No group is more crucial to the outcome of the 2016 presidential election than Latino voters, and no group of voters is more in play than Latinos during this campaign season. A surge in Latinos of voting age combined with Donald Trump's polarizing comments about Mexican immigrants have put Latinos at the center of the race for the White House.
Every year an estimated 800-thousand Latino youths reach voting age and an almost equal number of immigrants from Latin America become naturalized U.S. citizens. That means by next November the ranks of eligible Latino voters will have grown by 4 to 6-million since the 2012 presidential election.
This event, part of Milano's Politics and Policy series, will offer a fresh examination of the role of Latinos in the 2016 election. Featuring a panel of journalists, pollsters, and political insiders, we'll explore political, demographic and economic trends that will shape the outcome in 2016.
Join us on Monday, December 7th for a conversation organized by Feet in 2 Worlds, The Center for New York City Affairs and the Milano School of International Affairs, Management, and Urban Policy at The New School.
Moderator: Ray Suarez, Host, Inside Story, Al Jazeera America
Managing Director, Make the Road Action Fund
League of United Latin American Citizens (LULAC)
Republican National Hispanic Assembly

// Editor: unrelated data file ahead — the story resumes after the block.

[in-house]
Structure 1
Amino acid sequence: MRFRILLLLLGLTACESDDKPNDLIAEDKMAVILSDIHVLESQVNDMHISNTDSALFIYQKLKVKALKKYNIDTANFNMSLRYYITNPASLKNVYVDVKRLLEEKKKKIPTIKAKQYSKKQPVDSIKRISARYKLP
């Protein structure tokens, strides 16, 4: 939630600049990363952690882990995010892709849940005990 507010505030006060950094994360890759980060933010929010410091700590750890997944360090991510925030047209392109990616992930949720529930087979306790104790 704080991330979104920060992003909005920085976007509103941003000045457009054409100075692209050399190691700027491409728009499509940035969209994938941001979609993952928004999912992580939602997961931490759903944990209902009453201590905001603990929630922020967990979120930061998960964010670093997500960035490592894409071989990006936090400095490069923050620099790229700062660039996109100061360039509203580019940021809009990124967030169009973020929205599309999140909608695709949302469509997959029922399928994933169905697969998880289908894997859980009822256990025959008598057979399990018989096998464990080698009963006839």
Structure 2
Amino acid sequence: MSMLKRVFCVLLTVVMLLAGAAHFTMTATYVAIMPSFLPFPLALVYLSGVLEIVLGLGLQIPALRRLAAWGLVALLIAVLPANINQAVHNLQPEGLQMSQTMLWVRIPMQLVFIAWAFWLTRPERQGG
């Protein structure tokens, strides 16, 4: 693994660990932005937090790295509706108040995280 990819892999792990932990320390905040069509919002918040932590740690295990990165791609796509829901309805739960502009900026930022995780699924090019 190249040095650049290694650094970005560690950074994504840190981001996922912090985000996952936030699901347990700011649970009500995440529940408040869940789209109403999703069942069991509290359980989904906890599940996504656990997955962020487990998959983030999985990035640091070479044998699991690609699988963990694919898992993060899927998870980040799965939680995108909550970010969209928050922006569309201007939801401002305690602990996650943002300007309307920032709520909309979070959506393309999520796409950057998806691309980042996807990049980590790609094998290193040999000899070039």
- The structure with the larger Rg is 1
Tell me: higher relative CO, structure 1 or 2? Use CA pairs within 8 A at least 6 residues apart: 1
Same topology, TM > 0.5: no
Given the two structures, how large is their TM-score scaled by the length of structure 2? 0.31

Principal at Latino Decisions
Mi Familia Vota California
Jeff Smith is Assistant Professor of Politics and Advocacy at Milano, The New School for Management and Urban Policy in New York City. Jeff majored in Black Studies and Political Science at UNC-Chapel Hill and earned an M.A. and Ph.D. in Political Science from Washington University in St. Louis. Jeff, who has taught political science at Washington University and Dartmouth College, teaches and conducts research on campaigns and elections, public policy, race, urban politics, advocacy, and the legislative process. At Washington University, he received the Dean's Award for Teaching Excellence.
Jeff served in the Missouri Senate from 2006-2009 as the nation’s only white state senator from a majority-black district. Since then, he has consulted on affordable housing policy and completed a memoir about his experience in politics. Jeff contributes to The Recovering Politician, a new blog for former elected officials. His writing has been featured in Inc. and New York magazines, and he has been profiled in Harper’s, The New Republic, and other periodicals.
In 2004, Jeff ran for the congressional seat vacated by Dick Gephardt, losing narrowly to Rep. Russ Carnahan. His youth-powered grass-roots campaign was chronicled in the film Can Mr. Smith Get to Washington Anymore?, which was lauded by the Washington Post, Boston Globe, Los Angeles Times, and Chicago Tribune, and short-listed for an Academy Award.
Jeff co-founded the Confluence Academies, a group of inner-city charter schools. Jeff became the Senate’s leading voice on education reform, passing major education bills including a program offering loan forgiveness for top collegians who teach in disadvantaged areas after graduation.
In 2006, Jeff was named a rising star by St. Louis Magazine, Alive Magazine, and the Riverfront Times.
Ray Suarez joined The NewsHour in October 1999 as a Washington-based Senior Correspondent. Suarez came to The NewsHour from NPR where he had been host of the nationwide, call-in news program "Talk of the Nation" since 1993. Prior to that, he spent seven years covering local and national stories for the NBC-owned station, WMAQ-TV in Chicago.